Wide variations among the 50 states when it comes to the ease of casting a ballot are impacting the quality of democracy in the United States, a new study shows. Forget voter fraud. States are influencing who votes by making it easier or harder to cast a ballot, and that’s likely shaping election results, said study lead author Scot Schraufnagel, chair of the Department of Political Science at Northern Illinois University. He worked on the study with co-authors Michael J. Pomante II and Quan Li. Pomante II earned his doctorate from NIU in 2016 and works as a professor at Jacksonville University in Florida, while Li is a professor at Wuhan University in China. They created a “Cost of Voting Index”—using what is described in the study as “the largest assemblage of state election laws”—to rank each state according to the time and effort it took to vote in each presidential election year from 1996 through 2016. They analyzed the impact of 33 different variables dealing with registration and voting laws, with differences in registration deadlines carrying the most weight.
Oregon took top honors for making it easy on voters in 2016—followed by Colorado, California, North Dakota and Iowa. Illinois was tied for 12th overall with Minnesota. Voters in 2016 faced the most inconveniences on the way to the ballot box in Mississippi—followed by Virginia, Tennessee, Indiana and Texas.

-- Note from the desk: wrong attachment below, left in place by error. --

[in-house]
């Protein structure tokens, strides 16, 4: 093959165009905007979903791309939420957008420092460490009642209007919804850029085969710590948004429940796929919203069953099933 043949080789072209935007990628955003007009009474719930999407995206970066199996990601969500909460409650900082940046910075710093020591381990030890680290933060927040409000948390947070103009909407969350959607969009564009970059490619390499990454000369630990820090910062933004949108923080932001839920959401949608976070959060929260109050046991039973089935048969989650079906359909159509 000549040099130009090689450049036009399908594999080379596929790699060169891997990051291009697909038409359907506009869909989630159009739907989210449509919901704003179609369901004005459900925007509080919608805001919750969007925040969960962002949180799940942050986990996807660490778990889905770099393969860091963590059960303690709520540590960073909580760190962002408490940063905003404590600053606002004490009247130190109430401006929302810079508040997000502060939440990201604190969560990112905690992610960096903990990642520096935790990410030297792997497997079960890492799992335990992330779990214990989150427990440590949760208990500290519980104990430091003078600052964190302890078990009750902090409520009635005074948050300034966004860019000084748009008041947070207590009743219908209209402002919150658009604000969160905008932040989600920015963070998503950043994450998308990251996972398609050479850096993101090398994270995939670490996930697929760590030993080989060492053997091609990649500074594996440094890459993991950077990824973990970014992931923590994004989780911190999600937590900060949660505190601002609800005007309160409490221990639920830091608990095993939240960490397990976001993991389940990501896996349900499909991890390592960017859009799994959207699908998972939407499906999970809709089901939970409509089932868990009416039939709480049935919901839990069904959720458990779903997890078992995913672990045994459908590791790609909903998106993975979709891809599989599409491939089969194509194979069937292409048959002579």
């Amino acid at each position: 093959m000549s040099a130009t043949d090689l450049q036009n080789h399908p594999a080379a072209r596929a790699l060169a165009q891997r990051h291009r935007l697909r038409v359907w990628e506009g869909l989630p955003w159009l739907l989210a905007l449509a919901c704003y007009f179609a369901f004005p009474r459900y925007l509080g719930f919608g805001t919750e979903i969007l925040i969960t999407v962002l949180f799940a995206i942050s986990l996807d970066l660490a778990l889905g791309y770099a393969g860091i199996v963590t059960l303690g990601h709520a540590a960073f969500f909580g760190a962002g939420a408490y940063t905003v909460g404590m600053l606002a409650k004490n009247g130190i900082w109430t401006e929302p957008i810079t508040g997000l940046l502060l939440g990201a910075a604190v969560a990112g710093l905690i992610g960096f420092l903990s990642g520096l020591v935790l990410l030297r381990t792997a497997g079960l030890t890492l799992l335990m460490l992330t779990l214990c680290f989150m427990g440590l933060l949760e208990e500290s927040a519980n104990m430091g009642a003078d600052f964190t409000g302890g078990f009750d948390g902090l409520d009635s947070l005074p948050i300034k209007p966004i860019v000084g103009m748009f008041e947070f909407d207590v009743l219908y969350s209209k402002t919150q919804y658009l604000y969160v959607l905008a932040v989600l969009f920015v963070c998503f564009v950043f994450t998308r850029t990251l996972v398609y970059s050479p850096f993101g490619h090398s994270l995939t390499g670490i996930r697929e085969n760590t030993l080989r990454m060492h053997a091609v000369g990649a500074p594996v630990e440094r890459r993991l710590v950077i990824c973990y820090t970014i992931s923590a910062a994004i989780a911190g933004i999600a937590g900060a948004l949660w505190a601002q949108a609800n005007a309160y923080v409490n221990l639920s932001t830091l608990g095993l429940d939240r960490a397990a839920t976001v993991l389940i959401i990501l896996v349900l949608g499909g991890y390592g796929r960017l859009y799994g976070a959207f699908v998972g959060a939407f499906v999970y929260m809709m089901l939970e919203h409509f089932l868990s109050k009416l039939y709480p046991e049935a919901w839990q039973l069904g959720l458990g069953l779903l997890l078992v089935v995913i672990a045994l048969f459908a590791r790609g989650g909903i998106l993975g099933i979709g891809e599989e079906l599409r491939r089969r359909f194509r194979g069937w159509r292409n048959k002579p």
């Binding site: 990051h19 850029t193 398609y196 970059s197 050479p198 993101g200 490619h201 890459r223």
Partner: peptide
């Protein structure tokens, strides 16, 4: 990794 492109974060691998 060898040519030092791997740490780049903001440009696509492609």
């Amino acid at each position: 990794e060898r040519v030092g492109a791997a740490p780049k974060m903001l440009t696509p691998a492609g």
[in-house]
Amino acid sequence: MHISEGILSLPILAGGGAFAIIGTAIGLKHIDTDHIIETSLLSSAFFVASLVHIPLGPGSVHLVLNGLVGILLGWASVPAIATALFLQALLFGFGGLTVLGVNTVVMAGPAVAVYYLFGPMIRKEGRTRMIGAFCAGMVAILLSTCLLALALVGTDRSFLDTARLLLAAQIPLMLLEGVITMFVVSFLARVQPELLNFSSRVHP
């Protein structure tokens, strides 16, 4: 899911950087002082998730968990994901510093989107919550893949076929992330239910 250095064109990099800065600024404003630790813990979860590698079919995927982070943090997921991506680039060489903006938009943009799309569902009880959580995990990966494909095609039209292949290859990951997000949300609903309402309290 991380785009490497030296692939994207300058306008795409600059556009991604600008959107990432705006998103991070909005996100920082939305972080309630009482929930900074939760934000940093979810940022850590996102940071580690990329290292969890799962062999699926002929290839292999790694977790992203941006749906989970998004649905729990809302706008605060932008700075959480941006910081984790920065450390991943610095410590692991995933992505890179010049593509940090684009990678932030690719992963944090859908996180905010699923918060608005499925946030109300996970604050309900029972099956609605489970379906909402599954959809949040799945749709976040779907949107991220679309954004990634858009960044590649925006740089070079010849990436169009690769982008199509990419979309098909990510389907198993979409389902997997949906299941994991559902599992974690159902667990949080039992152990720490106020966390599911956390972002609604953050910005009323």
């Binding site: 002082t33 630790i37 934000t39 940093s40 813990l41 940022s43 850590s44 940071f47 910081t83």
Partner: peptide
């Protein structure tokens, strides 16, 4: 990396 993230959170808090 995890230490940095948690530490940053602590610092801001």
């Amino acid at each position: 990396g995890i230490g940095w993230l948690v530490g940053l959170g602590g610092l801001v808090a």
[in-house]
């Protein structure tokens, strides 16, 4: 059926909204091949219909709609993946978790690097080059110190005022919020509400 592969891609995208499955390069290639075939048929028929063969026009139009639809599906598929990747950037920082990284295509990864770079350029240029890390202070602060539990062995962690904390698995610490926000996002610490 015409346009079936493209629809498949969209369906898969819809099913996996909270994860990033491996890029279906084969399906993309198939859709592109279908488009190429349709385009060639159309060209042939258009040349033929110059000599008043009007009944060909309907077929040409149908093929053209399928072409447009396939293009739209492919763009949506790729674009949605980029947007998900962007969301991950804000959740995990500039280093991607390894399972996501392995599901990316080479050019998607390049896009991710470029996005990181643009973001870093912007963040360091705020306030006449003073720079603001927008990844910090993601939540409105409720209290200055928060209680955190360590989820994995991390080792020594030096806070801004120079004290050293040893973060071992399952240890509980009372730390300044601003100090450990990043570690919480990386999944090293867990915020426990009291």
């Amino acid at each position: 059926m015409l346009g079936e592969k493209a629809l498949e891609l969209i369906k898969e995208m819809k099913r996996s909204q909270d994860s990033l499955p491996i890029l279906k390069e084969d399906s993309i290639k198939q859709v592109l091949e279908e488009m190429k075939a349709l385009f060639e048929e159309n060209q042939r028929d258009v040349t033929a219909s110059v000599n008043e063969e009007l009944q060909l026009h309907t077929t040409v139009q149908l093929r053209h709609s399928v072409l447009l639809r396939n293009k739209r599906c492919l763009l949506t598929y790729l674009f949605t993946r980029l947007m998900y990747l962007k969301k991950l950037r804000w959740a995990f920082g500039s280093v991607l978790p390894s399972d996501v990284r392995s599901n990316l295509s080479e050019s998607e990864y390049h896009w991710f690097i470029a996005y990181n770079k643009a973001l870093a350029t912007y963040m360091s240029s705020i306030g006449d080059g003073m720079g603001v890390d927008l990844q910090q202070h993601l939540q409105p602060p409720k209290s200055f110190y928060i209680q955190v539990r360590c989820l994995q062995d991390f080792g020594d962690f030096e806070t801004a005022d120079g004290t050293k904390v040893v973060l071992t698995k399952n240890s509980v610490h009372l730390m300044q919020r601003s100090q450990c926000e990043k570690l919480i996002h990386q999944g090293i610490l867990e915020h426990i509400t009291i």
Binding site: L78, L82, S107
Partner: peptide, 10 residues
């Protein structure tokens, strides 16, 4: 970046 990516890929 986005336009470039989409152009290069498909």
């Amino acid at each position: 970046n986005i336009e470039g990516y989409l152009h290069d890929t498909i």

While the rankings themselves—as well as several significant changes in ranks through the years—are telling, there’s an underlying message in the study, published online ahead of print in Election Law Journal: Rules, Politics, and Policy. As an open access research study, it is available for free to the public.
“The ballot box is the central democratic institution,” Schraufnagel said. “Voting and elections are key to democracy. One of the things that define the competency of an electoral system and the legitimacy of governing institutions is the ease in which you can vote.